Pastor Ayo Oristejafor is the latest of the long list of men of God that are flying across the globe with private jets while the faithful church members are struggling to make ends meet after paying their burdensome church tax which they call tithes.
With respect to the advice that church leaders should be careful in their interaction with political leaders, I think the Church should have taken it to heart with all the seriousness that it deserves, rather than seeking to deflect the accusation by pointing accusing fingers at those who are raising the issue.
I am not too bothered about the incidents of church leaders fleecing their members to support a lifestyle fit only for earthly principalities and powers because my kobo will never stray into their till willfully; but I am worried about the looming political and constitutional danger present in a situation in which the church and the state are in active collusion to undermine the wellbeing of the masses.
It is going to be difficult for a man of God who is hobnobbing with temporal men of power now to be able to face them like the prophets of old and tell them of their sins that have constituted a reproach to the nation for which we are presently suffering.
That was the point that Kukah was driving at when he counseled fellow clergymen that “Unless we distance ourselves, we cannot speak the truth to power. We cannot hear the wails of the poor and the weak. We should not be seen as playing the praying wing of the party in power.”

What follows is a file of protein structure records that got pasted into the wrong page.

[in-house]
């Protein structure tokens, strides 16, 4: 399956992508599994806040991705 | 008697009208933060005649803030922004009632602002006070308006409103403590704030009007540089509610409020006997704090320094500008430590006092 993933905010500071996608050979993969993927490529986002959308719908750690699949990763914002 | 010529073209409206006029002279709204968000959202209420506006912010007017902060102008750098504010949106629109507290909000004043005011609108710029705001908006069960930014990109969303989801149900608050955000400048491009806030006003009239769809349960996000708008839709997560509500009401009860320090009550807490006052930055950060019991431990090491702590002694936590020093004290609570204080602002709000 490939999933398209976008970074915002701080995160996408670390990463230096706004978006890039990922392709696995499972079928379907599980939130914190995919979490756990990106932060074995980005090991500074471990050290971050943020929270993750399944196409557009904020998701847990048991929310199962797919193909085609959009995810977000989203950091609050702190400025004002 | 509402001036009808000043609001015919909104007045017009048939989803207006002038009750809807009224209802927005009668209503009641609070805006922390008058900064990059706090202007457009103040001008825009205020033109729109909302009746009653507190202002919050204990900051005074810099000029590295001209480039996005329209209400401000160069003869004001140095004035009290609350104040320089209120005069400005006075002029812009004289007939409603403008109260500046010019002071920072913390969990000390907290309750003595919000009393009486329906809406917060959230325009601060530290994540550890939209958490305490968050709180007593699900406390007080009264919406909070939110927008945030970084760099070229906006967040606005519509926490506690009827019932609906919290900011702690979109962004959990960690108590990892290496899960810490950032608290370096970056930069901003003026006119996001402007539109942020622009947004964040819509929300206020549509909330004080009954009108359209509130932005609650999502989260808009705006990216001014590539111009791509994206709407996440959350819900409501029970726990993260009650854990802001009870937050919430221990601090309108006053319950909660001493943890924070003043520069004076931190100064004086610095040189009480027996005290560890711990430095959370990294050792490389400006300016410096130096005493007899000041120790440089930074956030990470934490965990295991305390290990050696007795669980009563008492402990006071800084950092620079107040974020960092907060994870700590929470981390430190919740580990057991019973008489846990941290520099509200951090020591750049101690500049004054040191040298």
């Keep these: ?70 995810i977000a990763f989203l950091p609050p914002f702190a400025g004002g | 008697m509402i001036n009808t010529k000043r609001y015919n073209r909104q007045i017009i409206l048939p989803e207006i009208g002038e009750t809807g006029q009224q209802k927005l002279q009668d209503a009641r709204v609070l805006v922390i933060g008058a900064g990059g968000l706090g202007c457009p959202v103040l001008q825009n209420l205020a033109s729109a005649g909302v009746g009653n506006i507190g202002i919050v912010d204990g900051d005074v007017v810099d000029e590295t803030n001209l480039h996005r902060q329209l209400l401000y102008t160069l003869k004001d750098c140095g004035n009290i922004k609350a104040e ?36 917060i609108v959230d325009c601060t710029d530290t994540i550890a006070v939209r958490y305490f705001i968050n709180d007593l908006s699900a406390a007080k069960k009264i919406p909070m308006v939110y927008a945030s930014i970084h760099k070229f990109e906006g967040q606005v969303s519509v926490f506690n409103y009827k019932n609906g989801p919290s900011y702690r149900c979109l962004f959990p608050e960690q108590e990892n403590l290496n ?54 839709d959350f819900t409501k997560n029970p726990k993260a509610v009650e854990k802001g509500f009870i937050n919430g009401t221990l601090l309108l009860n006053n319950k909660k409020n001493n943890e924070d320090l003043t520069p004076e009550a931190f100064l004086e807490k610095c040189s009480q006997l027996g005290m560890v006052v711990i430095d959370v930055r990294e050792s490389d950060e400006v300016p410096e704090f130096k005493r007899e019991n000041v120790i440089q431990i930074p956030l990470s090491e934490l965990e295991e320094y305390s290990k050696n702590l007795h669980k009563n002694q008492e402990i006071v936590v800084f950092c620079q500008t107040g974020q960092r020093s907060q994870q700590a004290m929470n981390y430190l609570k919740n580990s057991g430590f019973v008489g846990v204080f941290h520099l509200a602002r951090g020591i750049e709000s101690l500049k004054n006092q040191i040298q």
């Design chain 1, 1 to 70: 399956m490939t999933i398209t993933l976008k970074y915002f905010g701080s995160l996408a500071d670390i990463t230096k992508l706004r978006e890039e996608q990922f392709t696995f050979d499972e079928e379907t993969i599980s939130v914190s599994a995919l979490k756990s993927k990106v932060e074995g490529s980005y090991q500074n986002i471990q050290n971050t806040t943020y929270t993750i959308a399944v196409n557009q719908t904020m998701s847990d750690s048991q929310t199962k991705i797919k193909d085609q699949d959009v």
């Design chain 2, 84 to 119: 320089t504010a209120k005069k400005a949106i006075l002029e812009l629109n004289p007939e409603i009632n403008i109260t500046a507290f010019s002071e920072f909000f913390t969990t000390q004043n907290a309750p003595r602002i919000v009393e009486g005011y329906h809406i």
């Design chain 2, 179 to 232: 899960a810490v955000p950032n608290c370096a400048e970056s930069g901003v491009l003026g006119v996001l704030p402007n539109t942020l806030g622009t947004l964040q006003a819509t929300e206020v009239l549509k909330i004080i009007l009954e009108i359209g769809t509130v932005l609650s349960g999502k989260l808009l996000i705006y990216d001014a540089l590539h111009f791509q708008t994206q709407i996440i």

More importantly, I think they diminish God before His creations whenever they see his “preachers” in the company of their tormentors, flying in the same jets and lodging in the same champagne-filled five-star hotels where anything evil is possible. It creates a huge ethical problem for those wise few who can see the contradictions therein. The sad fact is that the majority of the church faithful will never see it that way. As far as they are concerned, “it is the will of God;” and that is why it remains the unassailable truth that religion is the opium of the masses.
Why would anyone bother himself with the heavy sacrifice of a holy life on earth so that he can make heaven when, indeed, he is actually living his heaven on earth? I get the feeling that these gluttonous men of God think they can actually fly their way skyward into heaven while the rest of us would still be waiting for the illusive rapture or the certain last day.
I still think that Jesus Christ was right when he gave the parable of the eye of a needle and the camel as far as making heaven is for the materially affluent. The reality of God is made a little more doubtful by a lifestyle that God Himself had advised against. They say their God is “not a poor God” as we now hear every service day; but that assertion does not resonate as the central theme of the life that Jesus bequeathed to His disciples.
My hope is that someday, the people will begin to see the differences between the will of God and that of man.
– Mike Akhariale